As the mother of three children, my days are filled with goals like getting at least one kid to eat something grown by nature and keeping the reminders to wash hands below thirty-seven. Day to day goals are one thing for parents, but we also have to look at the Big Picture. Regardless of the differences we may have among our backgrounds, lifestyles or religious beliefs (or absence of religion), I’m fairly certain that we all share the same hopes for our children to become responsible, honest, helpful and kind people. Ian James Corlett has written a wonderful book meant to be read and discussed between parents and children, E is for Ethics: How to Talk to Kids About Morals, Values, and What Matters Most.
In twenty-six short stories, Corlett presents small dilemmas and situations featuring Elliott and Lucy, a brother and sister, wrapping up each story by posing a question to the reader about the best choice to make in the scenario. The range of topics covered is wide- from the expected lessons on honesty, respect, and politeness, to others that came as pleasant surprises, such as perseverance, tact and effort. The stories themselves make for quick reads, but hopefully will spark conversations between parent and child that last much longer.
I’ve read several stories with my four year old daughter, and she has asked to read more each day, since the stories are making quite an impression on her. I believe she hopes she will someday soon find money on the ground that she can return to the person nearby frantically searching her purse, as depicted in the first story on honesty. While the topics are certainly very much applicable for older children, the set-up seems a little too young for my ten year old son (or he’s just at a roll-my-eyes-at-everything stage right now), but my daughter participates more actively in the reading and discussing of the stories. I appreciate that the book provides a starting point for the topics I want to address with my children, but they do so in a fun way with entertaining and thoughtful stories– a format my kids are certainly comfortable with!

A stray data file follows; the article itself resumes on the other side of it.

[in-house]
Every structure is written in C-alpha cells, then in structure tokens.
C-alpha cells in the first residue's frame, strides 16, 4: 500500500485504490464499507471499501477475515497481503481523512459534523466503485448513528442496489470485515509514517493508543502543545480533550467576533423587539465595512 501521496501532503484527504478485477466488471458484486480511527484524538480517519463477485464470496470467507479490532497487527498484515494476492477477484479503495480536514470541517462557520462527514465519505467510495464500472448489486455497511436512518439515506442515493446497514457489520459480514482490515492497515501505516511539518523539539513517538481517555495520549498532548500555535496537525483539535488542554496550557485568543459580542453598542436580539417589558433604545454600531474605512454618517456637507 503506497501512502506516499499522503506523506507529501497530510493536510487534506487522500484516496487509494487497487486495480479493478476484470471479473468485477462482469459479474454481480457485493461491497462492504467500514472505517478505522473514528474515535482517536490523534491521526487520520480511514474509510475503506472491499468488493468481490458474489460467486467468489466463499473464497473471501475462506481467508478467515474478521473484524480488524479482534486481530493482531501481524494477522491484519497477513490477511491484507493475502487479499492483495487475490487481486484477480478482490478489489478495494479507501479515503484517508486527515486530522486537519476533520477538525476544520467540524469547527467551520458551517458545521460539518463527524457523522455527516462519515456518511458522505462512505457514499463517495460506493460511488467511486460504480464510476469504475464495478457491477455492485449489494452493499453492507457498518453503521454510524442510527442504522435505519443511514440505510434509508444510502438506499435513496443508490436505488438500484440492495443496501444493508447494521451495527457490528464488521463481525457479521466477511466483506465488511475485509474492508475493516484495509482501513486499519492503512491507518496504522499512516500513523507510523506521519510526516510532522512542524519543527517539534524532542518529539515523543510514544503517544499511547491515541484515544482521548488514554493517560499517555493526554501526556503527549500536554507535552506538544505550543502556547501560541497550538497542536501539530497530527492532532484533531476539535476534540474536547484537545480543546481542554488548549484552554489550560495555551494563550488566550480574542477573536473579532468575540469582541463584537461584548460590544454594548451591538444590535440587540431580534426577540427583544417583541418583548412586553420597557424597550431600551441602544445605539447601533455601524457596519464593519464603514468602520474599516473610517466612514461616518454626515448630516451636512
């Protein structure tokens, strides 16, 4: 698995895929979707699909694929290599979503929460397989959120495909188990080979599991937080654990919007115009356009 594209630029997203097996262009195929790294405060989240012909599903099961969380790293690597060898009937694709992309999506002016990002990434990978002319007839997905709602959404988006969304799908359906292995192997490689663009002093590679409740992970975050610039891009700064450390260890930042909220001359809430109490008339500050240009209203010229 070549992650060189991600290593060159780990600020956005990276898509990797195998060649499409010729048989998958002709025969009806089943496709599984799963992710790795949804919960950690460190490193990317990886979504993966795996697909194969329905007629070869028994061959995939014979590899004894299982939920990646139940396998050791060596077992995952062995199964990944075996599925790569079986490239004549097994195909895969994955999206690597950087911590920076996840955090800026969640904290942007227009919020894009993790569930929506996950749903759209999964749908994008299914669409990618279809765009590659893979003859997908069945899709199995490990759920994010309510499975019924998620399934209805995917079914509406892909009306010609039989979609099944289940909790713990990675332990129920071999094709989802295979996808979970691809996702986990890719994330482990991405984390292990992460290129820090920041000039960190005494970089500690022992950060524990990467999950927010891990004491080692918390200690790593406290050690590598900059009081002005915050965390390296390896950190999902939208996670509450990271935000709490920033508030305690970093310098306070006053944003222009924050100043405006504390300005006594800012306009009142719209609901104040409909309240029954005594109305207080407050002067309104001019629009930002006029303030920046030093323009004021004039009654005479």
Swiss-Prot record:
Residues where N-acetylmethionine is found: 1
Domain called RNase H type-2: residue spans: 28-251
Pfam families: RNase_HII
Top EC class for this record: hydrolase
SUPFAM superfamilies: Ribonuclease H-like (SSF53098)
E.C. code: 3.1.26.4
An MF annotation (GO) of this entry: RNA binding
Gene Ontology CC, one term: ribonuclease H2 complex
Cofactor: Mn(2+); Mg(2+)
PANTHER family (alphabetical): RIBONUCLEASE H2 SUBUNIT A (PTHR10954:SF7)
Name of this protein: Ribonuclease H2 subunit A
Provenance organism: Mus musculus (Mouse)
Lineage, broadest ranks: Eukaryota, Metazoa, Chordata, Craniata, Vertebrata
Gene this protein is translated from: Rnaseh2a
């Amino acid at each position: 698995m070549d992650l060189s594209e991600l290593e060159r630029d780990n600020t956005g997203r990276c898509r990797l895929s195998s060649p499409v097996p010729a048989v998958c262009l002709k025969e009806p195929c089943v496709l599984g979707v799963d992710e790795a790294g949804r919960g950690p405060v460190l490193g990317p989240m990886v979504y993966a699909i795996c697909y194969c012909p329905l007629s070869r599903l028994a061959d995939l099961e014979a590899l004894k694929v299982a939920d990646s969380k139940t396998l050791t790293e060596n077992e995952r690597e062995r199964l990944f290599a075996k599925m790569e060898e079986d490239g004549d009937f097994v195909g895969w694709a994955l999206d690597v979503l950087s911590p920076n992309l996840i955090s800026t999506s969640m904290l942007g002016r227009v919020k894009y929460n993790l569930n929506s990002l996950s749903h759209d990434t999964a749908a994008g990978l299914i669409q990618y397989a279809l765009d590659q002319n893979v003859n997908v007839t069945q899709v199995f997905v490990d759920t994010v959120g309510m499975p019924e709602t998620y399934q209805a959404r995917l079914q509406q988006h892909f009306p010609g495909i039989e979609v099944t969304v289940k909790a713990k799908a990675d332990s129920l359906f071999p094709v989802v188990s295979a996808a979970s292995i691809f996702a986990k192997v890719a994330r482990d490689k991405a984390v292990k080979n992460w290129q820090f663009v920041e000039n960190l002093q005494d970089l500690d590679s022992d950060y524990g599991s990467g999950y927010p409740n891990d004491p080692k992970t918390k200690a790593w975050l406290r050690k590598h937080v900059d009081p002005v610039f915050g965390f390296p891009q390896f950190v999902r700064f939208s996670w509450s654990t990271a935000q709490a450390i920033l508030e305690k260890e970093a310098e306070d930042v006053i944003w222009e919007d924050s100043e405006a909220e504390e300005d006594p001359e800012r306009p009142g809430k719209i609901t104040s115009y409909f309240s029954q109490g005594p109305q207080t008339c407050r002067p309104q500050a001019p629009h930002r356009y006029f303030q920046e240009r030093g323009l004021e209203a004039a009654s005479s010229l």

Would you like to add this charming book to your own family talks? We have one copy to giveaway to a 5 Minutes for Books reader. Please leave a comment to be entered (U.S. residents only).
**This giveaway is now closed.**
- The winner of the audiobooks of A Secret Kept and Sarah’s Key is #25 Ruthie B.
- The winner of the autographed copy of Day & Night is #23 edmontonjb.
When she’s not shoving fruits at her children or emphasizing the need to be kind to your siblings, Dawn can be found blogging away at my thoughts exactly.